Budget statement is about the last place you might expect to find the announcement of a significant change to the franchise, but so it has turned out. Tucked away among the big plans and bigger numbers in this year’s “red book”, the collection of documents published by the Treasury, we find paragraph 2.41. It states: “Overseas Electors – the government is providing an additional £2.5m to remove the limit preventing British citizens who live overseas from voting after 15 years.”
The news shouldn’t, however, come as a huge surprise because the move was promised in the 2015, 2017 and 2019 Conservative manifestos, the most recent one pledging: “We will make it easier for British expats to vote in parliamentary elections, and get rid of the arbitrary 15-year limit on their voting rights.”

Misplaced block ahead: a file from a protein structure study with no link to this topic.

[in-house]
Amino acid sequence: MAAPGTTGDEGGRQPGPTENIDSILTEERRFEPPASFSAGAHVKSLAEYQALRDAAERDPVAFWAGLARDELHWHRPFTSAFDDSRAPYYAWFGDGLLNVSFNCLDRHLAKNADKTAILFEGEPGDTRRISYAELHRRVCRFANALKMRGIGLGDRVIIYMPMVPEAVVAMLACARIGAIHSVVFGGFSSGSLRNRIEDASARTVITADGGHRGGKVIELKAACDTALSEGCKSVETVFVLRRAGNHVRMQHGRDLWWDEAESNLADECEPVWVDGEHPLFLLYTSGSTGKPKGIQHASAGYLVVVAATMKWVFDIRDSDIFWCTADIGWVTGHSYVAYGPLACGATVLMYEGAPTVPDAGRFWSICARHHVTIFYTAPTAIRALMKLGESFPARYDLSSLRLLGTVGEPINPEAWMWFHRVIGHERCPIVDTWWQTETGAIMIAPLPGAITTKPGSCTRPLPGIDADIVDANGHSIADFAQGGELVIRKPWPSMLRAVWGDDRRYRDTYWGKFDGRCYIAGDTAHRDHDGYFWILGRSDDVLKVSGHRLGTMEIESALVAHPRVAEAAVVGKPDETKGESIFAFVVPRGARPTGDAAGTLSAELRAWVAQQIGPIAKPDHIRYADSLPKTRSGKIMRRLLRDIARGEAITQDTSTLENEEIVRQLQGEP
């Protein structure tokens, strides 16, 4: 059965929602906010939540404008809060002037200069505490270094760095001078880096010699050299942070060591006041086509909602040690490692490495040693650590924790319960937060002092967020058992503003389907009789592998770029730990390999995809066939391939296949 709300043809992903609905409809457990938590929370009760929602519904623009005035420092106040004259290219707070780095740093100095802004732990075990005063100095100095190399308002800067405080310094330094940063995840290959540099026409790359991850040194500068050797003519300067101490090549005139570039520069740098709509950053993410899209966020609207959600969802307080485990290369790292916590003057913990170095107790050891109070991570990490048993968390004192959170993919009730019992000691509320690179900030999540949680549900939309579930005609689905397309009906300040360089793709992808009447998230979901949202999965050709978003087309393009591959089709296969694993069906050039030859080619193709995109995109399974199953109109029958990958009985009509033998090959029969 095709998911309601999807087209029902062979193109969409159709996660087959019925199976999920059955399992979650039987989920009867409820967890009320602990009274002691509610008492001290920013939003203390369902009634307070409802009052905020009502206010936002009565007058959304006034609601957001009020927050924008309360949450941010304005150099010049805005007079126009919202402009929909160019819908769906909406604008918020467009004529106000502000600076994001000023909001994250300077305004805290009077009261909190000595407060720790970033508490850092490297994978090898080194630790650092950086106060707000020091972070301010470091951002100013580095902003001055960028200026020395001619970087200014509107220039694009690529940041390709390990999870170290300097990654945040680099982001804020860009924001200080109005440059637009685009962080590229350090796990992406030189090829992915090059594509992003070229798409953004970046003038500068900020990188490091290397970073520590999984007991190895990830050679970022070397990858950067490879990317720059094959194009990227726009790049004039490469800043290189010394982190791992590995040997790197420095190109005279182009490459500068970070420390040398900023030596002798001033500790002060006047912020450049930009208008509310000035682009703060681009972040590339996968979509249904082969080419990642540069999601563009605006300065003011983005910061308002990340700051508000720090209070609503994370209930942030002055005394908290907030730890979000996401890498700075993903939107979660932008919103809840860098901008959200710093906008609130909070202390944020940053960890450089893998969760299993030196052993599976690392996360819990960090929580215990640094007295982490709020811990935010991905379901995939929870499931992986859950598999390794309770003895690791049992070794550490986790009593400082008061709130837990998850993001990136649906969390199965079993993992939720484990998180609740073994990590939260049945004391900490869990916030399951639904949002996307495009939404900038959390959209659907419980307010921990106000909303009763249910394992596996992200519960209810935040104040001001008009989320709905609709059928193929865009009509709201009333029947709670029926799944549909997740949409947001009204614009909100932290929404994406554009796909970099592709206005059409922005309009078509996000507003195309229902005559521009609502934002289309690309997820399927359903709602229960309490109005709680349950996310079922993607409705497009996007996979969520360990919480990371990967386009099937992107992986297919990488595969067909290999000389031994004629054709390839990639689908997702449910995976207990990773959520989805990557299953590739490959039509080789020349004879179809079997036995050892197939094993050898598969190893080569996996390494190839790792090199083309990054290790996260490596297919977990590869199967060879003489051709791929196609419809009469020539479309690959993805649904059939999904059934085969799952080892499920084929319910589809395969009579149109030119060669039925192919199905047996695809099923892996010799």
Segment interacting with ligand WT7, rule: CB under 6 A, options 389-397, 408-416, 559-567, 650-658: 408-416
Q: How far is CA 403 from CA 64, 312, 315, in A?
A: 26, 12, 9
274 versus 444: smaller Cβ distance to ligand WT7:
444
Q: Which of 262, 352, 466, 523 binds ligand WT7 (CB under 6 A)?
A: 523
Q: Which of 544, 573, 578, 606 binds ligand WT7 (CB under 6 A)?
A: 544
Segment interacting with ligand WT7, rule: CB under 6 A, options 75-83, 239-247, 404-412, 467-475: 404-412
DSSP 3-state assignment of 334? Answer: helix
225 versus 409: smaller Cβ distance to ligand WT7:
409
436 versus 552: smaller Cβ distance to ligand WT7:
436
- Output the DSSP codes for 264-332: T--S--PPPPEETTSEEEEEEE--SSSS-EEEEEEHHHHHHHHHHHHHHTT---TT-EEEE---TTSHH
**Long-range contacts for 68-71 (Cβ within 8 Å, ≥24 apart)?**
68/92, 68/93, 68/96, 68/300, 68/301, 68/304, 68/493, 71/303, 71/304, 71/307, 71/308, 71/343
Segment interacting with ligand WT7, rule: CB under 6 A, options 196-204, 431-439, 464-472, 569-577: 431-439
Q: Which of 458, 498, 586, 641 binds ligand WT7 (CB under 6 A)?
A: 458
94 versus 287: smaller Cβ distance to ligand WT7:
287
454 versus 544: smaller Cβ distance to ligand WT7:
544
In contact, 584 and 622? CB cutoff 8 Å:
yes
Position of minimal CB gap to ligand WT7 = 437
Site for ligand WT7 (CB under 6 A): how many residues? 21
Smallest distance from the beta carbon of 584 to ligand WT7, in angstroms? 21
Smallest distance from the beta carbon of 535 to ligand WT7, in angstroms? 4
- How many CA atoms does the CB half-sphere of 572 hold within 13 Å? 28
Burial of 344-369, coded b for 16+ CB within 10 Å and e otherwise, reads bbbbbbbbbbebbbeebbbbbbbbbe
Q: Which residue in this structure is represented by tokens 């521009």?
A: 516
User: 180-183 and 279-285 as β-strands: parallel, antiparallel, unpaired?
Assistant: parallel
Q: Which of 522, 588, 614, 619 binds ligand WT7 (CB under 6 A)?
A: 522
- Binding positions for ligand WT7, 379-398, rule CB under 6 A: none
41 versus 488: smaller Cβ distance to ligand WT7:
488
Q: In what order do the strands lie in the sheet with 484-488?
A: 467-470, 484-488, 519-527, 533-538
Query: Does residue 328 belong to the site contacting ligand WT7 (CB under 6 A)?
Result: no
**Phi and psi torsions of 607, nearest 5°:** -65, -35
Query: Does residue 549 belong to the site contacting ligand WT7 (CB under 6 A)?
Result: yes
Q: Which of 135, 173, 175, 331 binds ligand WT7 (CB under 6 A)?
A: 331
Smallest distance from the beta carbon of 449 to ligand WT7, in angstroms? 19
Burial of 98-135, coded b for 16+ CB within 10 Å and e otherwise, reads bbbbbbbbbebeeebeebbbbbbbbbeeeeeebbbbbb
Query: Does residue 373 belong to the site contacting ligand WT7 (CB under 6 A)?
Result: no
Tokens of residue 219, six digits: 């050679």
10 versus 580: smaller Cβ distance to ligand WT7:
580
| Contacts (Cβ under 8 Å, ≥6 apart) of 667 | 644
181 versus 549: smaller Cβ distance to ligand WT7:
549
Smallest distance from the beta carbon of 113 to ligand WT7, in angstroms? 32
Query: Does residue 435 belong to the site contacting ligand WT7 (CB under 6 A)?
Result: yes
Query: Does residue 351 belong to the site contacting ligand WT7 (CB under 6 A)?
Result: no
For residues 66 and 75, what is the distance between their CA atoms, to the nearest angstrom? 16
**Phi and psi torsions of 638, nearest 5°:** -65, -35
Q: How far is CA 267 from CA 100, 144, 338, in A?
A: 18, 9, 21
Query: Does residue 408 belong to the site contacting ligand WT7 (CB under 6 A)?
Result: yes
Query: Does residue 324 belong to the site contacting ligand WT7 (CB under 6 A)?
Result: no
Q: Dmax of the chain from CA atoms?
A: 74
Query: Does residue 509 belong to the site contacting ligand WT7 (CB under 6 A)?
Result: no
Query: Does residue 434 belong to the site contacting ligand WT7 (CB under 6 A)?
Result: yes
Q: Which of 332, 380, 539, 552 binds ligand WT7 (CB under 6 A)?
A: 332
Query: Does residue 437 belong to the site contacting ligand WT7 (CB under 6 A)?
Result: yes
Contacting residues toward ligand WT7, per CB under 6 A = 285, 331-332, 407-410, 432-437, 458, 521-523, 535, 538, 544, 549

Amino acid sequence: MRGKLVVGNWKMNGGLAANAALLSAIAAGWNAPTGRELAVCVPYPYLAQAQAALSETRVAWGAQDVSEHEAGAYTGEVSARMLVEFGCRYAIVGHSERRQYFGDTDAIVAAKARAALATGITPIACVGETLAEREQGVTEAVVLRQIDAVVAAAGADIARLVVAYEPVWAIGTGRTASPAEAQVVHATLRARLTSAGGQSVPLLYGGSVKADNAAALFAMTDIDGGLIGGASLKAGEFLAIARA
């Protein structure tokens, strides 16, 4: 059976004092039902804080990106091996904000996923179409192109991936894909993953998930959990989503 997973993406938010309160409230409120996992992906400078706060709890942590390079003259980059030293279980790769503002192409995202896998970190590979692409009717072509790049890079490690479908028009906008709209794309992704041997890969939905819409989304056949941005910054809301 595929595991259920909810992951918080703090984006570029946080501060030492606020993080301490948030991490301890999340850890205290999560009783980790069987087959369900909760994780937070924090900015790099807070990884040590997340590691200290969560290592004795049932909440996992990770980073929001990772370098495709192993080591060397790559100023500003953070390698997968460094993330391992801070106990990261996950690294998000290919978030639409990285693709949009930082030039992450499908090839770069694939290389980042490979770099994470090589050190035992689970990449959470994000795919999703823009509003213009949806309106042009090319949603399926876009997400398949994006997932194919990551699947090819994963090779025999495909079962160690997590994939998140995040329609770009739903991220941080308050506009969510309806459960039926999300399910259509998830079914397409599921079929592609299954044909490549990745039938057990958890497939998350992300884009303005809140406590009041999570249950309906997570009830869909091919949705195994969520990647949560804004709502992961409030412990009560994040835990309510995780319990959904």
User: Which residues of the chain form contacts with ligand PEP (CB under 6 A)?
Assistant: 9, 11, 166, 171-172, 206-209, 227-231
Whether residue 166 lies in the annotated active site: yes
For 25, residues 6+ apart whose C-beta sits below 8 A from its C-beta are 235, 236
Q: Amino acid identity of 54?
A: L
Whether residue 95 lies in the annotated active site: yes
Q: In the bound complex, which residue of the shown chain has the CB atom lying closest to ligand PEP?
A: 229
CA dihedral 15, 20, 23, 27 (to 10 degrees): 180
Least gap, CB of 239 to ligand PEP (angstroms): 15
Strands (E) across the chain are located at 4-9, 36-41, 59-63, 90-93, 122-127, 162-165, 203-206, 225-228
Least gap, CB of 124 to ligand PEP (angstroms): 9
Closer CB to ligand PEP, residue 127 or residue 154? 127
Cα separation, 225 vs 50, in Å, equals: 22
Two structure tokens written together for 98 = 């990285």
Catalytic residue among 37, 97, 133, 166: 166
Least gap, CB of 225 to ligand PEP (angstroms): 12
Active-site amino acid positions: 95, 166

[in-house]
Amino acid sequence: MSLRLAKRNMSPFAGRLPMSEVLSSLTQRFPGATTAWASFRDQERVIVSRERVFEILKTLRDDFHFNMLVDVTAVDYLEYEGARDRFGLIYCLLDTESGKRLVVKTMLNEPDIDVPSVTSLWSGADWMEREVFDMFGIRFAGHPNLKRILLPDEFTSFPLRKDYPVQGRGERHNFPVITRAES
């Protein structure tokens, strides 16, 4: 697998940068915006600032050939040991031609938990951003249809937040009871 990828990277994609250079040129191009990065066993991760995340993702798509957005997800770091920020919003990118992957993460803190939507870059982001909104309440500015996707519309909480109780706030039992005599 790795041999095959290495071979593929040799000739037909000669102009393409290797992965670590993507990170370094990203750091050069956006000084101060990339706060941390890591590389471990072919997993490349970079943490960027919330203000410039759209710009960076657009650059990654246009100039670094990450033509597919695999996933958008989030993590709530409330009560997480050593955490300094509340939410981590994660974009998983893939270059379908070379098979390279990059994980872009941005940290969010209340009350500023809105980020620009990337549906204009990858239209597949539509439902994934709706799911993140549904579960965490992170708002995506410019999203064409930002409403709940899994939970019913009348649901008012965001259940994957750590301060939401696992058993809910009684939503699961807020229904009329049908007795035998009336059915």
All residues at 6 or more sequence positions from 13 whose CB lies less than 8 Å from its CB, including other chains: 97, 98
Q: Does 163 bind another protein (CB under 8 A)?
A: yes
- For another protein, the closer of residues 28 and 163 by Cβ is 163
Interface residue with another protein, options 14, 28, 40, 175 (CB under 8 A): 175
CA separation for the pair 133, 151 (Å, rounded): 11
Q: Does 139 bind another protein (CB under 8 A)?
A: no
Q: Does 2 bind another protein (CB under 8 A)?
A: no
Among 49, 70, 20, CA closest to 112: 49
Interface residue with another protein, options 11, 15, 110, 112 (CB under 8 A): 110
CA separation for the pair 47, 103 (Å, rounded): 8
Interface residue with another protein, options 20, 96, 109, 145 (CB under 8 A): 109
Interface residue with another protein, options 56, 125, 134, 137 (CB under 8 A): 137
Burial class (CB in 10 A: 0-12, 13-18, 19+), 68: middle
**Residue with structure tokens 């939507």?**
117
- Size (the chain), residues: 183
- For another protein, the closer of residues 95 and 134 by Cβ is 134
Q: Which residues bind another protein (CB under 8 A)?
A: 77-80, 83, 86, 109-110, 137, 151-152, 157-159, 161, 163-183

Although the new limit, if any, is unspecified, it is bound to be a controversial move, and potentially an important one. Before a drive to register expats in 2015 and a rush to qualify to vote for the 2016 EU referendum, the number of voting expats was about 35,000, roughly half the size of a parliamentary constituency. Now that has risen to 233,000 people, equivalent to about four Commons seats. A number of legal actions and, possibly, some partisan interest by the Conservatives has now put “votes for life” firmly on the agenda. Expatriates were not permitted to vote at all before 1985, when a five-year limit was applied, and it has varied ever since before settling at the present level in the early 2000s.